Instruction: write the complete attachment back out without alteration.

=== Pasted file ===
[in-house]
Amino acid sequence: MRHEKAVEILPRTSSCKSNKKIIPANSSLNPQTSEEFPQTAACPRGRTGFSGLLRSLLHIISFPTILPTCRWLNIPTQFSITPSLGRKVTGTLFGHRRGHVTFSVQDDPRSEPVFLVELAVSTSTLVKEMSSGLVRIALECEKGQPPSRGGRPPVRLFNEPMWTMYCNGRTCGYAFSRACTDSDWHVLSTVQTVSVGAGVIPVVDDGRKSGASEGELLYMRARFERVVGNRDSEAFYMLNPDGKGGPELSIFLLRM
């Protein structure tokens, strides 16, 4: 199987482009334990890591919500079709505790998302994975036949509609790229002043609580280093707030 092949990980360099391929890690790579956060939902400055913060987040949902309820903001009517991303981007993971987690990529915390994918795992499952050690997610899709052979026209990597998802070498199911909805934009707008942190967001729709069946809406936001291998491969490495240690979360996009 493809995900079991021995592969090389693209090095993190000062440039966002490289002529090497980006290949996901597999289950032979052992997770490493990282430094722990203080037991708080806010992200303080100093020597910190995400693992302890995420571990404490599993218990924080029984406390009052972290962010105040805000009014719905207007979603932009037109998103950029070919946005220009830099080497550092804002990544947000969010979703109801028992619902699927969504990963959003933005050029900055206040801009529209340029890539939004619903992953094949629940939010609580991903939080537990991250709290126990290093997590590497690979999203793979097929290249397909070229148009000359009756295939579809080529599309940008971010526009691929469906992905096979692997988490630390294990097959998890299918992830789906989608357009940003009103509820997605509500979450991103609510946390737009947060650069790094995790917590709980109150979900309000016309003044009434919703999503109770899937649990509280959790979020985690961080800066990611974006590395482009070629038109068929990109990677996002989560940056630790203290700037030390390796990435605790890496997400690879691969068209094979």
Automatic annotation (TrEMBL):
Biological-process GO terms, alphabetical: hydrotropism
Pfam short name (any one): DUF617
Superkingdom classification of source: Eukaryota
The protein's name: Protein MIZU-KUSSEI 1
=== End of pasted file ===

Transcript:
[in-house]
Amino acid sequence: MRHEKAVEILPRTSSCKSNKKIIPANSSLNPQTSEEFPQTAACPRGRTGFSGLLRSLLHIISFPTILPTCRWLNIPTQFSITPSLGRKVTGTLFGHRRGHVTFSVQDDPRSEPVFLVELAVSTSTLVKEMSSGLVRIALECEKGQPPSRGGRPPVRLFNEPMWTMYCNGRTCGYAFSRACTDSDWHVLSTVQTVSVGAGVIPVVDDGRKSGASEGELLYMRARFERVVGNRDSEAFYMLNPDGKGGPELSIFLLRM
């Protein structure tokens, strides 16, 4: 199987482009334990890591919500079709505790998302994975036949509609790229002043609580280093707030 092949990980360099391929890690790579956060939902400055913060987040949902309820903001009517991303981007993971987690990529915390994918795992499952050690997610899709052979026209990597998802070498199911909805934009707008942190967001729709069946809406936001291998491969490495240690979360996009 493809995900079991021995592969090389693209090095993190000062440039966002490289002529090497980006290949996901597999289950032979052992997770490493990282430094722990203080037991708080806010992200303080100093020597910190995400693992302890995420571990404490599993218990924080029984406390009052972290962010105040805000009014719905207007979603932009037109998103950029070919946005220009830099080497550092804002990544947000969010979703109801028992619902699927969504990963959003933005050029900055206040801009529209340029890539939004619903992953094949629940939010609580991903939080537990991250709290126990290093997590590497690979999203793979097929290249397909070229148009000359009756295939579809080529599309940008971010526009691929469906992905096979692997988490630390294990097959998890299918992830789906989608357009940003009103509820997605509500979450991103609510946390737009947060650069790094995790917590709980109150979900309000016309003044009434919703999503109770899937649990509280959790979020985690961080800066990611974006590395482009070629038109068929990109990677996002989560940056630790203290700037030390390796990435605790890496997400690879691969068209094979």
Automatic annotation (TrEMBL):
Biological-process GO terms, alphabetical: hydrotropism
Pfam short name (any one): DUF617
Superkingdom classification of source: Eukaryota
The protein's name: Protein MIZU-KUSSEI 1